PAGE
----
The pancreatic islet is innervated by parasympathetic, sympathetic, and sensory nerves (64). While the innervation density and target cells may vary between species (64), the signaling molecules they release (e.g., acetylcholine and norepinephrine) have been shown to regulate islet blood flow (16) and promote insulin secretion in both mouse and human islets (84,85). The loss of sympathetic innervation seen in T1D may result in a substantial impairment of glucagon responses (86). Inclusion of neurons in organoid culture may enable investigating the neural defects observed in the islet in autoimmune diabetes.
How can islet innervation be engineered in vitro? Given that vascular endothelial growth factor (VEGF) coordinates islet innervation via vasculature scaffolding (87), it is likely that a pseudoislet organoid will need a functional vasculature before inclusion of neuronal cells in a pseudoislet organoid. Neurons could be added to a pseudoislet mix of endocrine and vascular cells. This would mimic the close association that neuro-insular complexes have with the peripheral vasculature of the islet. An alternative is to coculture neuronal organoids with pseudoislets. This would allow exploring the factors that attract neuronal projections to the islet and studying how innervation affects islet function. Here, the classical assay of Nobel Prize winner Rita Levi-Montalcini comes to our minds: a sensory ganglion is dissected out, cultured, and examined for nerve fiber outgrowth after exposure to different factors. This approach has been used recently to show that β-cells migrate toward explants of sympathetic ganglia, thus demonstrating that nervous input provides inductive cues for islet architecture (88). One can only imagine the myriad of possible combinations of different types of ganglia with pseudoislets of varying compositions. Of note, this approach can be extended to the in vivo situation by cotransplantation of two types of organoids into the anterior chamber of the eye, as has been done for tissues from different brain regions (89).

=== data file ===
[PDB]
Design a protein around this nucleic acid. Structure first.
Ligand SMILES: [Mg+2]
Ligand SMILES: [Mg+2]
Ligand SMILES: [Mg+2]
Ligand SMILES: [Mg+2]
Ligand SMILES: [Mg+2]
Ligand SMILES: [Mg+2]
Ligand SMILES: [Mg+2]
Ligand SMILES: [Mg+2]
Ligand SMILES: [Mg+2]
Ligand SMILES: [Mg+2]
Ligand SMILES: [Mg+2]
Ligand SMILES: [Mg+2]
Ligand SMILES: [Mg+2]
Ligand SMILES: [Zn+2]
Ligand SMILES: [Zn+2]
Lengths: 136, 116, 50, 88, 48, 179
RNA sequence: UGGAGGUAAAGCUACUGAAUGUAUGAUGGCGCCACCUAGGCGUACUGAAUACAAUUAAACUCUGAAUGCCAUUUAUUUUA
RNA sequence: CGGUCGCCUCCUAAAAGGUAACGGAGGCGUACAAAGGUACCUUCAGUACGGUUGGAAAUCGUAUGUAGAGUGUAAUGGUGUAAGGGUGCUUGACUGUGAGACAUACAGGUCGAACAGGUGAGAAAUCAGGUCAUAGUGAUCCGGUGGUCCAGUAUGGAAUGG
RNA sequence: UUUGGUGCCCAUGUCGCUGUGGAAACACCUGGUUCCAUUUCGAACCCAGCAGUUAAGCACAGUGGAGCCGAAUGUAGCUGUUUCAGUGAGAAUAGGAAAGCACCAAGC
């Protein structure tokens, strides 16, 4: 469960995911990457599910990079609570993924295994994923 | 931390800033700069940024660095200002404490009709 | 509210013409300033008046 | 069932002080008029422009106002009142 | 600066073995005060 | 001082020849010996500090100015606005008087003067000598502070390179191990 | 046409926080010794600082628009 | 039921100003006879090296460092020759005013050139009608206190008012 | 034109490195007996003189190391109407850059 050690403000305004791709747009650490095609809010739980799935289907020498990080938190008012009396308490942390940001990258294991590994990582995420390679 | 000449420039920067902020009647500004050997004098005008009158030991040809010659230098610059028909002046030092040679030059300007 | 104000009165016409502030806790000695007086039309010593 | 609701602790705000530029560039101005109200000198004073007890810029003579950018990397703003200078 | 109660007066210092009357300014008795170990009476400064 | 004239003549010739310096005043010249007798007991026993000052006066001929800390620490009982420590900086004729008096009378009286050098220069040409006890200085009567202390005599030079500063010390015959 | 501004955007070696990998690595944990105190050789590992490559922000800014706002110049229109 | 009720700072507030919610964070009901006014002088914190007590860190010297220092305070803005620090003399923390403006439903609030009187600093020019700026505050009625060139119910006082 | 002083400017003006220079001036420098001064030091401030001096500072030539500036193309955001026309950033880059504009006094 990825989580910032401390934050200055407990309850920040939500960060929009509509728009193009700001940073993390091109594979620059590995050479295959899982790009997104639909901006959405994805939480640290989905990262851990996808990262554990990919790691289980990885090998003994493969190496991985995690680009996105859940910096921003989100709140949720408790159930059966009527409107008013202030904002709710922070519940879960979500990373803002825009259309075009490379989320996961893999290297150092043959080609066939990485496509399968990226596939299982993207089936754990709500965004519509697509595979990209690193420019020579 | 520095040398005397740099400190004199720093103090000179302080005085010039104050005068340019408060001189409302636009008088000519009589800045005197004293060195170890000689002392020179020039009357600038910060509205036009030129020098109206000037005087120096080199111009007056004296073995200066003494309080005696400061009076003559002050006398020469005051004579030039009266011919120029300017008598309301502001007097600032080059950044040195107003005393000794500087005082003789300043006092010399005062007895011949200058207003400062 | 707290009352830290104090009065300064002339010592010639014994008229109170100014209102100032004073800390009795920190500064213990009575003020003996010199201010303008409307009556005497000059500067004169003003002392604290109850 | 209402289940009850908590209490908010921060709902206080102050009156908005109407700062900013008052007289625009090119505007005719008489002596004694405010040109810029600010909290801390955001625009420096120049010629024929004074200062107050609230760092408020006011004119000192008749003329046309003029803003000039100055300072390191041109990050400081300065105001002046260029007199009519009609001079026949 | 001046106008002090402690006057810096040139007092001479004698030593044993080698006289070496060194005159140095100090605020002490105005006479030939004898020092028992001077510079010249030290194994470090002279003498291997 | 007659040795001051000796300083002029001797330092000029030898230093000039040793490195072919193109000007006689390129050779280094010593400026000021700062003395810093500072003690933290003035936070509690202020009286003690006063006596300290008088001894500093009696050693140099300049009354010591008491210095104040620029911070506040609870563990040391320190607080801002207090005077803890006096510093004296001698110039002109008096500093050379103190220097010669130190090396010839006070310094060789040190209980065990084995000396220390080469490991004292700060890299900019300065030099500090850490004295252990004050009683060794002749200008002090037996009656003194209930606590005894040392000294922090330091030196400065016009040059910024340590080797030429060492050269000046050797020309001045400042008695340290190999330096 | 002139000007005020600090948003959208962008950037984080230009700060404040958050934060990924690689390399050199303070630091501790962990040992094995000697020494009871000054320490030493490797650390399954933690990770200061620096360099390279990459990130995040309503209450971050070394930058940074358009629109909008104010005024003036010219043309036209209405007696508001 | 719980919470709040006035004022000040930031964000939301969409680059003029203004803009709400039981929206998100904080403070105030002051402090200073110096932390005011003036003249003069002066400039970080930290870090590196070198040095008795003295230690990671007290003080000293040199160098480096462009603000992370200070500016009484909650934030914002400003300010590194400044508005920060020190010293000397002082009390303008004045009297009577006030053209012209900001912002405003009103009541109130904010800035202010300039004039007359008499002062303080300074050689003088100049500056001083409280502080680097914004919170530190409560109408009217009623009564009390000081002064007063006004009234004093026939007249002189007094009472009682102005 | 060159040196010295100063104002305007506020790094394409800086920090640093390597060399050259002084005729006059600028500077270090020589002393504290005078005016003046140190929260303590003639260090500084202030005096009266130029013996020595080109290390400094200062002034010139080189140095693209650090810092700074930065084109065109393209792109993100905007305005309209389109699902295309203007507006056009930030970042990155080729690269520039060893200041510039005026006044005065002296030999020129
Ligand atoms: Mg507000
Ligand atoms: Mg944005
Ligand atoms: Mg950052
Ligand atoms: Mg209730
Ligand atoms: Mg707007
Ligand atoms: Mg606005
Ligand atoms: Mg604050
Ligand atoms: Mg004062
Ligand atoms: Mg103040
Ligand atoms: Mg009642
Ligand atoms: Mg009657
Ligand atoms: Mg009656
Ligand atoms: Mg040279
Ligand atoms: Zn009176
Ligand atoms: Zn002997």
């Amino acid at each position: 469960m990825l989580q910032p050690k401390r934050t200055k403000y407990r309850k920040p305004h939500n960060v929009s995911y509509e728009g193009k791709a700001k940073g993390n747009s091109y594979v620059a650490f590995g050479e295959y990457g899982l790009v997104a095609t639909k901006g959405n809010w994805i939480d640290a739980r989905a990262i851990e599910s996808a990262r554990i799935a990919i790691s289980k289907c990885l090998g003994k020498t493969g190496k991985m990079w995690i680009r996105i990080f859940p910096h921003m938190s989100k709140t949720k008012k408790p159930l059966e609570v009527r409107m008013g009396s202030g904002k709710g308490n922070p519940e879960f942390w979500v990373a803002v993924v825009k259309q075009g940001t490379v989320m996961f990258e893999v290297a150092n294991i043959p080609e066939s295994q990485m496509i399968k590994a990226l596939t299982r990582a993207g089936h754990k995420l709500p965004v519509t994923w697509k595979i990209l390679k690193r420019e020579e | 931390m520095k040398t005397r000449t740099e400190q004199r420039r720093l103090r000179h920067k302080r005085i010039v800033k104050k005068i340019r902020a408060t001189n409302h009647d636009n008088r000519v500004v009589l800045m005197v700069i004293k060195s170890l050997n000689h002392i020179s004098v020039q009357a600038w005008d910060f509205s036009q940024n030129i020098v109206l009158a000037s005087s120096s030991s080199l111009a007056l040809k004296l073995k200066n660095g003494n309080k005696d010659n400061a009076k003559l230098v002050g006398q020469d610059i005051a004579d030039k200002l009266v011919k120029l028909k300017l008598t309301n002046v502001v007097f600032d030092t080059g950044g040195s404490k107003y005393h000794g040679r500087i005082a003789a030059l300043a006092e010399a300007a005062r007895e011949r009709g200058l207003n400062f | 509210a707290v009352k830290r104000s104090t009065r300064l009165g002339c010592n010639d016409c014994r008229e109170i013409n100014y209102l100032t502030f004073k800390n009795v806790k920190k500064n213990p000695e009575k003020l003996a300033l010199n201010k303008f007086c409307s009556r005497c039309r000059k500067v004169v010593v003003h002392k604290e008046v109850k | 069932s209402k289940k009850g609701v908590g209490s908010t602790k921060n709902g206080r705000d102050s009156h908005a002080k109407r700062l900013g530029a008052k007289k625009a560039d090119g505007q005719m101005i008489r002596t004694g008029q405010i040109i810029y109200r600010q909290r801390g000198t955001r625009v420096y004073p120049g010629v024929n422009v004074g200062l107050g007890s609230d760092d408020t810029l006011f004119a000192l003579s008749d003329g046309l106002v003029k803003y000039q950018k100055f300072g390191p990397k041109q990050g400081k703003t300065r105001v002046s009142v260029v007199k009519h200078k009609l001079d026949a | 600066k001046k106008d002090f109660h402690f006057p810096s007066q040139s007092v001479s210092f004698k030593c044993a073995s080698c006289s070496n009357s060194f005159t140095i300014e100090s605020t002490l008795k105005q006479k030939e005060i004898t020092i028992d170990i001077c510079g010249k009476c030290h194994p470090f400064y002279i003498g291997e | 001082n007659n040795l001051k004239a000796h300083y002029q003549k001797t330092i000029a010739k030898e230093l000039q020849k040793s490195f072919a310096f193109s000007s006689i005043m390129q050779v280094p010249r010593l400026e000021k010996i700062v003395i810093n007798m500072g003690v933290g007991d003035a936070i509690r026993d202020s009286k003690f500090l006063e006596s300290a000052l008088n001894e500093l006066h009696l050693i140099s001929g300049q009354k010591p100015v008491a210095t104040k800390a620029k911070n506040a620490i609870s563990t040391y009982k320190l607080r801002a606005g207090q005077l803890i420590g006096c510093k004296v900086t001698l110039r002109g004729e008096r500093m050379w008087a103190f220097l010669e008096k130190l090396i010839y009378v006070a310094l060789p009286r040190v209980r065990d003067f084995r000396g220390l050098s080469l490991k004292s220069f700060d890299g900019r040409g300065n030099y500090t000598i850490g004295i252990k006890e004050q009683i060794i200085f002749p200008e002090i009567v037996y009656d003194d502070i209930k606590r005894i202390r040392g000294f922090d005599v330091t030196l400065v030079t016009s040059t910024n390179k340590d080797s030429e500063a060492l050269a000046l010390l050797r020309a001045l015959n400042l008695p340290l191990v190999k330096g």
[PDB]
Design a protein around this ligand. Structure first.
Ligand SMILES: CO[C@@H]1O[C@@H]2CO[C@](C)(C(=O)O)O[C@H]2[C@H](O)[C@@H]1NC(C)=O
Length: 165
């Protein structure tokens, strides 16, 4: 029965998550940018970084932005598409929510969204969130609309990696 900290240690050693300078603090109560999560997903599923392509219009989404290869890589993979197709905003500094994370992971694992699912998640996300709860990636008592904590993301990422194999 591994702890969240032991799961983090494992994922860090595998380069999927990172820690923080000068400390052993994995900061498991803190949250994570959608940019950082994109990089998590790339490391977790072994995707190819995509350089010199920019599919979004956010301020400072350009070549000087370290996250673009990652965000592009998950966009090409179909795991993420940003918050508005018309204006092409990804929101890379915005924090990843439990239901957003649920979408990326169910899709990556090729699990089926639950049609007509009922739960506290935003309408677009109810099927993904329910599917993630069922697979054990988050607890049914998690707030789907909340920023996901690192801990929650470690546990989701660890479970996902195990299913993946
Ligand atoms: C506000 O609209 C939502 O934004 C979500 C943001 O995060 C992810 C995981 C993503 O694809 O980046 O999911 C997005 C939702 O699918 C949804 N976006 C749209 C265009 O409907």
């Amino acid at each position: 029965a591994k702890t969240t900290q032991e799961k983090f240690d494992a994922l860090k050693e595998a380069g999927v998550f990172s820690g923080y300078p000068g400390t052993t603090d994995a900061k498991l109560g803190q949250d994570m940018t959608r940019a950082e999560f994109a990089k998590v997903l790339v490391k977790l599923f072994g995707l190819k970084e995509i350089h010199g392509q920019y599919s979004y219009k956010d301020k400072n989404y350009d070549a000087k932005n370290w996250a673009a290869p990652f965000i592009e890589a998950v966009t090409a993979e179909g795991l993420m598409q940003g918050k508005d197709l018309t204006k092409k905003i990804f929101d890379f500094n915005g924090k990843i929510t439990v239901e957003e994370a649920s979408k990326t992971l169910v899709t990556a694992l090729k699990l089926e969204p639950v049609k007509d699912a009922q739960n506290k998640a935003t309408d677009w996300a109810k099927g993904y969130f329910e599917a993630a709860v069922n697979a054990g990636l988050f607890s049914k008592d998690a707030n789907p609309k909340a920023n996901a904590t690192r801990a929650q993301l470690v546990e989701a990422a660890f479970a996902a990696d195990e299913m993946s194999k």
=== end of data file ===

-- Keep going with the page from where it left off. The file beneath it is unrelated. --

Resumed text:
The decoding of paracrine signaling in the islet has significantly increased our understanding of the biology of this important micro-organ. The rate of new discoveries in islet research is at an all-time high. As we were writing this article, two new interesting articles on islet organoids were published (90,91). Hence, it is hard to reconcile all these findings and fit them into a cohesive physiological model. We have discussed studies using tried-and-tested methodologies as well as new analytical and synthetic approaches and mentioned the discoveries that they generated. We propose that more research with pseudoislets is needed to decipher complex interactions between endocrine, vascular, nerve, and immune cells. Generating mosaic islet organoids will be crucial for creating disease-modeling platforms aimed at revealing mechanisms of diabetes pathogenesis. While the source of tissue material in pilot studies will likely be renewable cell sources, such as cell lines, we advocate the use of human islets when possible, given their increased availability and relevance for the human disease. The studies discussed in this review have provided insight into the mechanisms of intraislet communication and how they impact insulin secretion. Knowing how interactions between different cell types change under stress conditions could inform approaches to increase or restore β-cell function in diabetes.
Funding. The authors’ work was supported by the Diabetes Research Institute Foundation and National Institutes of Health grants R56DK084321 (A.C.), R01DK084321 (A.C.), R01DK111538 (A.C.), R01DK113093 (A.C.), U01DK120456 (A.C.), R33ES025673 (A.C.), and R21ES025673 (A.C.); Leona M. and Harry B. Helmsley Charitable Trust grants G-2018PG-T1D034 and G-1912-03552; and the American Heart Association 19POST34450054 (J.W.).
Duality of Interest. No potential conflicts of interest relevant to this article were reported.